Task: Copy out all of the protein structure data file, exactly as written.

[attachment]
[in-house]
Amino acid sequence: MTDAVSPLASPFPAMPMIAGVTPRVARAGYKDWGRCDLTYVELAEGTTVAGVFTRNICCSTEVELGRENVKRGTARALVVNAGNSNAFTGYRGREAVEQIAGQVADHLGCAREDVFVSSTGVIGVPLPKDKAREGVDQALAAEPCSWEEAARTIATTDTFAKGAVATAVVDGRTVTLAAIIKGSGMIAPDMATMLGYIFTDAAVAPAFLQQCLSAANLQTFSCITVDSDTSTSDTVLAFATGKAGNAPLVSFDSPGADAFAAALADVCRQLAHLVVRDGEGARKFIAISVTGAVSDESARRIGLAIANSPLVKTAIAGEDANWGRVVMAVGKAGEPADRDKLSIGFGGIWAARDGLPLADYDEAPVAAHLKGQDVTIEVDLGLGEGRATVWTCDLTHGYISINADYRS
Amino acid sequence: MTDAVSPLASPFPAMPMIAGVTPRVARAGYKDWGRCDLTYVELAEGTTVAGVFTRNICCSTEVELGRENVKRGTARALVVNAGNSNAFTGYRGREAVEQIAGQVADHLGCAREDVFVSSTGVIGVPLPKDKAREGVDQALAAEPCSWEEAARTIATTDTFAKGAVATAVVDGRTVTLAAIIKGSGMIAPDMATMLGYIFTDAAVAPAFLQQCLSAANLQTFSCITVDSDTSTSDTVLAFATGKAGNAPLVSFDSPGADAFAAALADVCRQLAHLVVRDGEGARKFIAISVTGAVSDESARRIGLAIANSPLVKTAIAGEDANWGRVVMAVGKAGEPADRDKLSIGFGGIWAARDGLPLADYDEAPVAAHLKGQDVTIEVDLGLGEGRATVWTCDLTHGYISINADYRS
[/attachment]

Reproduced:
[in-house]
Amino acid sequence: MTDAVSPLASPFPAMPMIAGVTPRVARAGYKDWGRCDLTYVELAEGTTVAGVFTRNICCSTEVELGRENVKRGTARALVVNAGNSNAFTGYRGREAVEQIAGQVADHLGCAREDVFVSSTGVIGVPLPKDKAREGVDQALAAEPCSWEEAARTIATTDTFAKGAVATAVVDGRTVTLAAIIKGSGMIAPDMATMLGYIFTDAAVAPAFLQQCLSAANLQTFSCITVDSDTSTSDTVLAFATGKAGNAPLVSFDSPGADAFAAALADVCRQLAHLVVRDGEGARKFIAISVTGAVSDESARRIGLAIANSPLVKTAIAGEDANWGRVVMAVGKAGEPADRDKLSIGFGGIWAARDGLPLADYDEAPVAAHLKGQDVTIEVDLGLGEGRATVWTCDLTHGYISINADYRS
Amino acid sequence: MTDAVSPLASPFPAMPMIAGVTPRVARAGYKDWGRCDLTYVELAEGTTVAGVFTRNICCSTEVELGRENVKRGTARALVVNAGNSNAFTGYRGREAVEQIAGQVADHLGCAREDVFVSSTGVIGVPLPKDKAREGVDQALAAEPCSWEEAARTIATTDTFAKGAVATAVVDGRTVTLAAIIKGSGMIAPDMATMLGYIFTDAAVAPAFLQQCLSAANLQTFSCITVDSDTSTSDTVLAFATGKAGNAPLVSFDSPGADAFAAALADVCRQLAHLVVRDGEGARKFIAISVTGAVSDESARRIGLAIANSPLVKTAIAGEDANWGRVVMAVGKAGEPADRDKLSIGFGGIWAARDGLPLADYDEAPVAAHLKGQDVTIEVDLGLGEGRATVWTCDLTHGYISINADYRS